It’s been a life altering ride for Brian Barnes since 2020. Afflicted with COVID-19 that put him in the hospital for nearly two months between the hospital and rehabilitation in late 2020, Barnes has adjusted his career while remaining in Standardbred racing. His progress was recently documented in a story in the January issue of “Hoof Beats” penned by Kim Rinker.
According to the article, Barnes overcame a 10 percent chance of living during the height of his COVID-19 experience, and later being able to walk was a question mark. However, Barnes has recovered and walked into the ISA Banquet on his own, with a little help from a forearm crutch, Saturday, Jan. 21.
Barnes is a fourth-generation horsemen and had been a “go-to guy” in Central Indiana to break yearlings each year at the Shelby County Fairgrounds. Following his experience with COVID-19, he was forced to sell everything, from horses to equipment, and search for a new line of work, hoping to stay connected to racing. Barnes just completed the Racing Officials Accreditation Program at Los Alamitos Race Course and now has his official’s license. He is now watching and waiting to see if a position opens up this year to begin his second career in Standardbred racing.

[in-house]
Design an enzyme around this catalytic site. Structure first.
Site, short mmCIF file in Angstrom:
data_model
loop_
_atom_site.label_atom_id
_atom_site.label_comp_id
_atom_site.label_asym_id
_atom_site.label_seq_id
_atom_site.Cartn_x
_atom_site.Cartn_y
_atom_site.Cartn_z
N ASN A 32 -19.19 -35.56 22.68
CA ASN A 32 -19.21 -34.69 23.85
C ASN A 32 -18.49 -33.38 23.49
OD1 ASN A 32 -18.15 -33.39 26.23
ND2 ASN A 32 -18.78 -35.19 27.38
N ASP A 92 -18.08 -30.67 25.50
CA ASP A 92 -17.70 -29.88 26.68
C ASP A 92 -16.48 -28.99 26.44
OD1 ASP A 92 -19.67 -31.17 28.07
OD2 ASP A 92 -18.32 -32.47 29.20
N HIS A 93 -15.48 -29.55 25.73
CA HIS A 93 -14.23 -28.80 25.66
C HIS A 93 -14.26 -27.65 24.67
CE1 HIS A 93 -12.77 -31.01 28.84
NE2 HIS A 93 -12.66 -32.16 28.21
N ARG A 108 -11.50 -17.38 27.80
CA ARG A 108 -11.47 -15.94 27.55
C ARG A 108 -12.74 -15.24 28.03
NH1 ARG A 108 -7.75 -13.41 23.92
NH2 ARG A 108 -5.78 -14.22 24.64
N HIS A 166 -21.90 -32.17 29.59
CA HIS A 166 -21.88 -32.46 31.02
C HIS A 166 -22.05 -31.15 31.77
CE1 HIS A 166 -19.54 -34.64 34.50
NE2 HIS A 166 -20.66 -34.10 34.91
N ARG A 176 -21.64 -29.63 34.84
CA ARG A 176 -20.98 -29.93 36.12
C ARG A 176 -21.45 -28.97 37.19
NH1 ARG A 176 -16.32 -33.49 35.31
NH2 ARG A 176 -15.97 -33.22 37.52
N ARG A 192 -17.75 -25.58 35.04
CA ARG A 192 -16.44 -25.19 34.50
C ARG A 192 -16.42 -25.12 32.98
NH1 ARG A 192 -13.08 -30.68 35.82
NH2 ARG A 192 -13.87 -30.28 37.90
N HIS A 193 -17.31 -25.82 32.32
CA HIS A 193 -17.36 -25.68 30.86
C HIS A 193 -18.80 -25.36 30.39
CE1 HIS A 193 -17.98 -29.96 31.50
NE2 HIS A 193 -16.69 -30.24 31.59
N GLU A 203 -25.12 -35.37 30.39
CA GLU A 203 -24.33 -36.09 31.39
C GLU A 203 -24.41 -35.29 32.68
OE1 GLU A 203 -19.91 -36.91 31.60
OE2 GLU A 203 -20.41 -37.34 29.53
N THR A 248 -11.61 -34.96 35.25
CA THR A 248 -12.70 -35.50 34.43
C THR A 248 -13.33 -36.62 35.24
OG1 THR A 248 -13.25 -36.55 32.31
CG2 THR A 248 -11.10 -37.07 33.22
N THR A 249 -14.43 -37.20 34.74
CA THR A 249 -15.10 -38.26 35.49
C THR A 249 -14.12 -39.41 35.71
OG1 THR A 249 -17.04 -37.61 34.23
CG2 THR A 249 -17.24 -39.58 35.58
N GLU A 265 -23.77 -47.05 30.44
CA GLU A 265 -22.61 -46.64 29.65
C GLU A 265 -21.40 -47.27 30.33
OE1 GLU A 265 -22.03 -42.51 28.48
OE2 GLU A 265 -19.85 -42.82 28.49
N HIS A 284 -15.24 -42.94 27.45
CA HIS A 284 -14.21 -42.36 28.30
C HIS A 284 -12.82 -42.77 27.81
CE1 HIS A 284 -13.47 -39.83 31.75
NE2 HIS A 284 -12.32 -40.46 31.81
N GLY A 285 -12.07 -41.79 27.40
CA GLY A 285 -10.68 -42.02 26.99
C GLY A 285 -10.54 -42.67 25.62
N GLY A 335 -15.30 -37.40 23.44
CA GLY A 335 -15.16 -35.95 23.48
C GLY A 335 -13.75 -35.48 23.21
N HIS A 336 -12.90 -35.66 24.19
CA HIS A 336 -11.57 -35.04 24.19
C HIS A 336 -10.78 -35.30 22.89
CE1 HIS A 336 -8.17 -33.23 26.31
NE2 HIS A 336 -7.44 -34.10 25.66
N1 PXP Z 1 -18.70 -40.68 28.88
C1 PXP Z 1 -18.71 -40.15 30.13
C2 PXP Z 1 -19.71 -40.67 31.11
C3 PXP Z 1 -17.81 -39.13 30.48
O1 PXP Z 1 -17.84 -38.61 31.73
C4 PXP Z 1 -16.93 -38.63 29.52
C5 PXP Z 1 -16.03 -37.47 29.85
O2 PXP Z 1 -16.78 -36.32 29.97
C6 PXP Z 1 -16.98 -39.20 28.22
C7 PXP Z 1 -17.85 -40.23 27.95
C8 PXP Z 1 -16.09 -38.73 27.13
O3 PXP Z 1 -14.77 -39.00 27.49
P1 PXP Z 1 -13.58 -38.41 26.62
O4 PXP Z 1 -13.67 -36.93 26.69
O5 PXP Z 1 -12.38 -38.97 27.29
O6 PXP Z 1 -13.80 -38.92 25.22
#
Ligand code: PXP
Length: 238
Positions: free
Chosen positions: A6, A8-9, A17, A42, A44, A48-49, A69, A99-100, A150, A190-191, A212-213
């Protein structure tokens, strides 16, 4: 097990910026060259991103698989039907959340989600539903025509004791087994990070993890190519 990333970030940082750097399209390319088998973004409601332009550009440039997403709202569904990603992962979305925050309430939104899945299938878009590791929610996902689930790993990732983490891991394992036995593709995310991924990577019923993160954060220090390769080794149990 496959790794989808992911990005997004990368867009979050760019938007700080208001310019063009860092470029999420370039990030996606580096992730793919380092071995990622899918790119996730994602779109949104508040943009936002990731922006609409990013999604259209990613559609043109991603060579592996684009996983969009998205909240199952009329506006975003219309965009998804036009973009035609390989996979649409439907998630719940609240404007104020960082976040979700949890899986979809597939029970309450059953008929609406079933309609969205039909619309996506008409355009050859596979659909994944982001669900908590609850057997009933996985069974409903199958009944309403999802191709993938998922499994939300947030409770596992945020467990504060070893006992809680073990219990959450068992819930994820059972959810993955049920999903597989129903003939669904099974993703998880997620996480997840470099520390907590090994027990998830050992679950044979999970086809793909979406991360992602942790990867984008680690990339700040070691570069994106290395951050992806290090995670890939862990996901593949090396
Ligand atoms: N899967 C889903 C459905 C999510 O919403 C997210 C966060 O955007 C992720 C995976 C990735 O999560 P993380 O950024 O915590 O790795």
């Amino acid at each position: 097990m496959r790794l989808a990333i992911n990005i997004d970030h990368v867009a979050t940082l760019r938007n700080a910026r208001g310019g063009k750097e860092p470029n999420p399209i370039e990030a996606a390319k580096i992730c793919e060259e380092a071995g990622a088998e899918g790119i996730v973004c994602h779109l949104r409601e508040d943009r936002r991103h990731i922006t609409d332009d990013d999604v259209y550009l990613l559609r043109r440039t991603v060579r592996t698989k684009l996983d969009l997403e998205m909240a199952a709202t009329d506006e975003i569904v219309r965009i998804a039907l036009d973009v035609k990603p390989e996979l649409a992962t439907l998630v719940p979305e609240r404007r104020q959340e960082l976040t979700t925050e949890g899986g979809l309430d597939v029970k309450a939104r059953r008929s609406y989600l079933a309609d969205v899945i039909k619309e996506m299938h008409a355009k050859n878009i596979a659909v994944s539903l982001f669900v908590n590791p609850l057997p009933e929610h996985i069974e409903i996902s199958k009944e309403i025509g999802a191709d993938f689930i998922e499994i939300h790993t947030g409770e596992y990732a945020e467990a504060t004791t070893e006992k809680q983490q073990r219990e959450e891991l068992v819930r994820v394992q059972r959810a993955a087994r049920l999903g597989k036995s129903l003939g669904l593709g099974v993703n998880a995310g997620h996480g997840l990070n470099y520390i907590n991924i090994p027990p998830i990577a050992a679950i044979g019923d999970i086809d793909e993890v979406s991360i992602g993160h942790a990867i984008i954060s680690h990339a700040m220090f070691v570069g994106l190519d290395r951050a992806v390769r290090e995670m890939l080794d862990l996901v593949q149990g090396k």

Barnes and his wife, Jessica, who is also from a Standardbred family and is the current Director of Breed Development for Indiana, reside in Shelbyville, Ind. Jessica’s father is Jesse Larkins who continues to train in Indiana. Barnes’ mother, Kay, also still resides in Shelbyville and helps out with the kids from their ever-growing sports activities.
The Barnes’ recently moved to a one-level home to assist with Barnes’ mobility as he continues to recover. According to the article, he has severe nerve damage in his legs and recovery will continue with time. The Barnes have two children, Haylee, an eighth grader and standout gymnast and runner at Shelbyville Middle School, and Dylan, who is a nine-year-old also competing in sports such as football and baseball in the elementary school level in Shelbyville.
The full article on Barnes can be seen in the January issue of “Hoof Beats.”